Father Martin and his allies: intolerance masked as a plea for tolerance
See if you recognize this rhetorical strategy:
- Say that the people who disagree with you are motivated by hatred.
- Say that they’re dangerous extremists, a threat to civil society.
- Say that you are interested in genuine debate, but your opponents won’t allow it.
- Compare your opponents to Nazis.
- Insist that responsible people must disavow any connection with your opponents.
- Say that your opponents are intolerant.
It’s a clever technique: a campaign of intolerance, camouflaged as a plea for tolerance. And it’s picking up steam in the Catholic media.
The focus of the campaign is Father James Martin, the popular Jesuit, who has written a book questioning the Church’s stance on homosexuality. Father Martin insists that he has not contradicted the Church’s formal teachings, and deeply resents those who suggest otherwise. His critics observe that Father Martin cannot bring himself to repeat the Catechism’s statement that “homosexual acts are intrinsically disordered,” or the injunction that homosexual persons are called to chastity.
There is material here for an intelligent debate, is there not? Father Martin either does, or does not, step across the line that separates respectful questions about the presentation of Catholic doctrine from forthright attacks on the substance of that doctrine. But if you wish to pursue that debate, good luck.
Father Martin himself says that he welcomes debate. He has thanked authors of critical reviews of his book. “The conversation continues,” he announces on his busy Facebook and Twitter accounts. But he does not engage their arguments directly. An expert at rhetorical jujitsu, he answers questions with questions, or says that his critics have misunderstood his arguments, or questions why they have raised certain points.
Questions about his critics’ motivations come early and often from Father Martin and his supporters. After a gracious acknowledgment of a critical review, the Jesuit author himself quickly drops that subject, and returns to his oft-repeated lament that some people are consumed by homophobia. He does not name the haters, nor does he even imply that the author of a critical review might be among them. But since he does not acknowledge any valid reason for disagreement with his argument, the overall thrust of his social-media campaign is to suggest that criticism of his stance is beyond the pale.
There are, no doubt, some people who have made intemperate arguments against Father Martin, and launched ugly personal attacks. Anyone who is active in public debates has suffered that sort of treatment, and the internet has given cranks much greater scope. But frankly, I have seen nothing from Father Martin’s critics that even begins to compare with the wild assault by Massimo Faggioli, a strong admirer of the Jesuit’s book, on the site of the French Catholic journal La Croix. Faggioli charges that Father Martin is the object of “a campaign of hatred and personal attacks,” which he compares with “the neo-Nazi and white supremacist rally in Charlottesville, Virginia.”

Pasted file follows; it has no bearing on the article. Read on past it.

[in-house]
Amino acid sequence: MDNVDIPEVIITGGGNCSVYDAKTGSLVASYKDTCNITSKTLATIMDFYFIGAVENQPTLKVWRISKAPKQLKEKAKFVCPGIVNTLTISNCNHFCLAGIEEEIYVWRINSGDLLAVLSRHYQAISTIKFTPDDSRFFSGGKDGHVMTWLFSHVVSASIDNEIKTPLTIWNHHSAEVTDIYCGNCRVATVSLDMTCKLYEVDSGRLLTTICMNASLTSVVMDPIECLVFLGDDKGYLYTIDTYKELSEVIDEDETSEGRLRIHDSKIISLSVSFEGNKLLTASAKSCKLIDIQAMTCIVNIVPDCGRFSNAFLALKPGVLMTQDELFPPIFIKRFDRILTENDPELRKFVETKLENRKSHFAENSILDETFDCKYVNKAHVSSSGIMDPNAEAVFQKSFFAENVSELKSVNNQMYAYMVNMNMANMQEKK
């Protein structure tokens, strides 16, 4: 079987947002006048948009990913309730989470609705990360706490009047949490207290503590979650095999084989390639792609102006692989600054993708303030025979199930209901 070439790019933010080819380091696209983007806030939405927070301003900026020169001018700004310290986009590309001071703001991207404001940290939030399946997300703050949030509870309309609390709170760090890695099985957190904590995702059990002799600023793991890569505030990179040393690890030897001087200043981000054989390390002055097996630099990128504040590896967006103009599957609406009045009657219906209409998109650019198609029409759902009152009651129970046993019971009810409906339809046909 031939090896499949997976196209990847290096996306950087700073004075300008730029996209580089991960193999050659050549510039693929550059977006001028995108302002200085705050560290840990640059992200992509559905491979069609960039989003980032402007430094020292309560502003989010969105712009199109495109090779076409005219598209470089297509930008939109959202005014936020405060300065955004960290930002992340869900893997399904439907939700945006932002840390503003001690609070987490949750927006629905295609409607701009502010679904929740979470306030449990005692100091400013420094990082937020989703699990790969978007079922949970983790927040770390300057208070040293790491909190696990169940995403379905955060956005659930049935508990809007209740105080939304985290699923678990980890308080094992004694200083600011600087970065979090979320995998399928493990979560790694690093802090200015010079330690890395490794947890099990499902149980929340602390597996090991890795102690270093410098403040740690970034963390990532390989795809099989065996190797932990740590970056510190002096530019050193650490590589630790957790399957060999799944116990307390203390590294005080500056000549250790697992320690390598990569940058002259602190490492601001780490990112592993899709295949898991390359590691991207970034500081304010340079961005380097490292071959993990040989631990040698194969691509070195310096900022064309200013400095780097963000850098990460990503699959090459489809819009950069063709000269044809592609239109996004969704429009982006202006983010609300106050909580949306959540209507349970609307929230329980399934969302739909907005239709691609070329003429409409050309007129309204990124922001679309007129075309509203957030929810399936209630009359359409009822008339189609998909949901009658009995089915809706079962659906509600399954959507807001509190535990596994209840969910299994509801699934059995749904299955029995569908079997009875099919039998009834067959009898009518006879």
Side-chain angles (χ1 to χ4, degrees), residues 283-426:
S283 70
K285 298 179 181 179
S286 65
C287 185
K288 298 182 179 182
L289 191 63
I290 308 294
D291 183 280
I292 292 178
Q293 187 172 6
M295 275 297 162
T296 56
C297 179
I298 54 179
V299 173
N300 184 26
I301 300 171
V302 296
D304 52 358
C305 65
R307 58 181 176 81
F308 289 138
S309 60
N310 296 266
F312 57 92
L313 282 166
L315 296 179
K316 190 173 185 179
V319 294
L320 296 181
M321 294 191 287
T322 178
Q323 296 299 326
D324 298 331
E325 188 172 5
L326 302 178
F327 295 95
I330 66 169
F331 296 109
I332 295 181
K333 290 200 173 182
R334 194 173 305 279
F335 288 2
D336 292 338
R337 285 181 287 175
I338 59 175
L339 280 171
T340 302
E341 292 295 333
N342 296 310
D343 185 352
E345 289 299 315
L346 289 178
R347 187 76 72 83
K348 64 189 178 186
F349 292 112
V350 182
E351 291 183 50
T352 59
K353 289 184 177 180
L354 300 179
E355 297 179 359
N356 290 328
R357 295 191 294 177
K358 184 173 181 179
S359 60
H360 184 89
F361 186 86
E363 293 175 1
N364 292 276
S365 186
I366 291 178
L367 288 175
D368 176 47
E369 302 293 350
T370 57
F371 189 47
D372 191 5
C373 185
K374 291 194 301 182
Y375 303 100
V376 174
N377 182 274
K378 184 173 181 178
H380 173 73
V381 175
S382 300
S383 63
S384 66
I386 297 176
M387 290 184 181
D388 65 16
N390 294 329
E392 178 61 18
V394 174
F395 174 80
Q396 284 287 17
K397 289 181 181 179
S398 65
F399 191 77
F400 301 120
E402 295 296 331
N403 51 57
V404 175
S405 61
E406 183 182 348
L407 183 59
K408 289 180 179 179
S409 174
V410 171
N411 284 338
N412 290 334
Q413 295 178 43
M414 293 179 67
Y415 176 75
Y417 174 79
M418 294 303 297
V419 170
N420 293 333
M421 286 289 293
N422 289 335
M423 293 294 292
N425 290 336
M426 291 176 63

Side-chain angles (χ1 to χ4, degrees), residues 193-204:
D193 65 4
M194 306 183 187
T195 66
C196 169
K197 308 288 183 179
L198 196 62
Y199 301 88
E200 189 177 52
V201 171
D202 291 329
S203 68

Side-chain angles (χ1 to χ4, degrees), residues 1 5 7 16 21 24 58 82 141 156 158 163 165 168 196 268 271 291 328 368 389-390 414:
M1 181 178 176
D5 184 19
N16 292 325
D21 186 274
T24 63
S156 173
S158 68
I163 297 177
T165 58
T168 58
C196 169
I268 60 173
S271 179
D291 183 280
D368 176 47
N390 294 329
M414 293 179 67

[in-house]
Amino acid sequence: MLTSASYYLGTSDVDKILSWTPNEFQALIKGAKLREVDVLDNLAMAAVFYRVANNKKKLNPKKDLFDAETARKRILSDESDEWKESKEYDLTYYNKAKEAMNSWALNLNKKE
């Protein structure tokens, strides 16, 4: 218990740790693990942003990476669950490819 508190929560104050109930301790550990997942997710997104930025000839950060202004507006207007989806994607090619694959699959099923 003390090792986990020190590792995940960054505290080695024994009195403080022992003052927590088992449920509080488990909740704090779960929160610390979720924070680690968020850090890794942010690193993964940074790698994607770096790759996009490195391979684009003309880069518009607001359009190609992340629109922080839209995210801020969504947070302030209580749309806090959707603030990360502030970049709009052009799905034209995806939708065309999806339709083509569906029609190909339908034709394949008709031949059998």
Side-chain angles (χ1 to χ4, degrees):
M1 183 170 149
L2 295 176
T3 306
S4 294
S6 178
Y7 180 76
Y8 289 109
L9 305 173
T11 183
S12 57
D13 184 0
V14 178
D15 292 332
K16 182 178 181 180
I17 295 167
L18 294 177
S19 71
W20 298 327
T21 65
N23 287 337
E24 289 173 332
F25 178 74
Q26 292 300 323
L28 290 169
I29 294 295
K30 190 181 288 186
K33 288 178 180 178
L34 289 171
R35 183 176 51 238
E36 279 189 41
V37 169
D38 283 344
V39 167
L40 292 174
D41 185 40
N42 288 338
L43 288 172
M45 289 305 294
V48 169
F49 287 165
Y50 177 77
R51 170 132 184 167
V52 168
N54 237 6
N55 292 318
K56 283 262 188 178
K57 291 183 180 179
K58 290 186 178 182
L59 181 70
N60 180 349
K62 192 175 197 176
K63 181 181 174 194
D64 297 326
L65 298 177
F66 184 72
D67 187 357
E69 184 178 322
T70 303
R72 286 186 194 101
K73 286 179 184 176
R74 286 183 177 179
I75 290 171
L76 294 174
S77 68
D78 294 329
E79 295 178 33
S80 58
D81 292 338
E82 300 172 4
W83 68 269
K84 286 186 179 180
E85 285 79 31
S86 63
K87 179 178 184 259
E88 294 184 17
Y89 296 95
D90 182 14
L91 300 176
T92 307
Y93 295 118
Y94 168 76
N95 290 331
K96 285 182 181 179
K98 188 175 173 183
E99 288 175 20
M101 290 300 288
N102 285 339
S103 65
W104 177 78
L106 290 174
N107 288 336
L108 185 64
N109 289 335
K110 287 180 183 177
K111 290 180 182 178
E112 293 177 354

In a sweeping condemnation of Catholics who show any sympathy for tradition, Faggioli suggests that even those Catholics who plead for a liturgical “reform of the reform” might be classified among the “self-appointed cyber-militias [who] use extremist language of hatred in the defense of Catholic orthodoxy.”
Father Martin’s critics argue that Catholic institutions should not give the Jesuit a platform to promote his dissident views on homosexuality. Faggioli counters that Catholic bishops should not tolerate the “cyber-militas,” and accuses the hierarchy of being weak and passive in the face of the alleged extremist threat.
And Bishop Robert McElroy of San Diego responds to that cue, writing in America that critics of Father Martin’s book “tap into long-standing bigotry” and expose a “cancer” within the Church. They are bigots, you see, because they are intolerant, and so they cannot be tolerated.
The Theological College at Catholic University handed Father Martin a sensational rhetorical victory by cancelling his proposed lecture and explaining that it was the fear of adverse publicity—not a concern for heterodoxy—that prompted that move. Within hours the New York Times had the story, and all of Father Martin’s critics were on the defensive. No matter how respectfully they had raised their arguments, no matter how carefully they had avoided ad hominem attacks, they were now grouped with the forces that opposed free discussion.
The rhetorical strategy is working. One side is effectively doing what it charges the other side with trying to do: shutting down debate.
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